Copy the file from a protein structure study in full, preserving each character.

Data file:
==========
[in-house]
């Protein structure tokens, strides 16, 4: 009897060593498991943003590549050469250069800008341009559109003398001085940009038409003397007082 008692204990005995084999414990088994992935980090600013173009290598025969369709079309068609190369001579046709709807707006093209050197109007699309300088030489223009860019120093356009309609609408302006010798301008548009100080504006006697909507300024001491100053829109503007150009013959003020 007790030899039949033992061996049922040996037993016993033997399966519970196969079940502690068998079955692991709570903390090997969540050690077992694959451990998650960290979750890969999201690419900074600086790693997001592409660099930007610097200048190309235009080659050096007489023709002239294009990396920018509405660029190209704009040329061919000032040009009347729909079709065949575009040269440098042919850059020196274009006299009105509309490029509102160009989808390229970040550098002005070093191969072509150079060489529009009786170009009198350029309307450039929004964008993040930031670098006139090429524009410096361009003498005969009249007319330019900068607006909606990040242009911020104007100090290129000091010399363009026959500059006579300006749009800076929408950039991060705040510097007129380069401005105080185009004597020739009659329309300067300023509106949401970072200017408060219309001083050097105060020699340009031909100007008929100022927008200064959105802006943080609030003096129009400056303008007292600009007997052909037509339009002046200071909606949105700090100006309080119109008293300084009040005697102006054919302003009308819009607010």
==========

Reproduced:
[in-house]
């Protein structure tokens, strides 16, 4: 009897060593498991943003590549050469250069800008341009559109003398001085940009038409003397007082 008692204990005995084999414990088994992935980090600013173009290598025969369709079309068609190369001579046709709807707006093209050197109007699309300088030489223009860019120093356009309609609408302006010798301008548009100080504006006697909507300024001491100053829109503007150009013959003020 007790030899039949033992061996049922040996037993016993033997399966519970196969079940502690068998079955692991709570903390090997969540050690077992694959451990998650960290979750890969999201690419900074600086790693997001592409660099930007610097200048190309235009080659050096007489023709002239294009990396920018509405660029190209704009040329061919000032040009009347729909079709065949575009040269440098042919850059020196274009006299009105509309490029509102160009989808390229970040550098002005070093191969072509150079060489529009009786170009009198350029309307450039929004964008993040930031670098006139090429524009410096361009003498005969009249007319330019900068607006909606990040242009911020104007100090290129000091010399363009026959500059006579300006749009800076929408950039991060705040510097007129380069401005105080185009004597020739009659329309300067300023509106949401970072200017408060219309001083050097105060020699340009031909100007008929100022927008200064959105802006943080609030003096129009400056303008007292600009007997052909037509339009002046200071909606949105700090100006309080119109008293300084009040005697102006054919302003009308819009607010």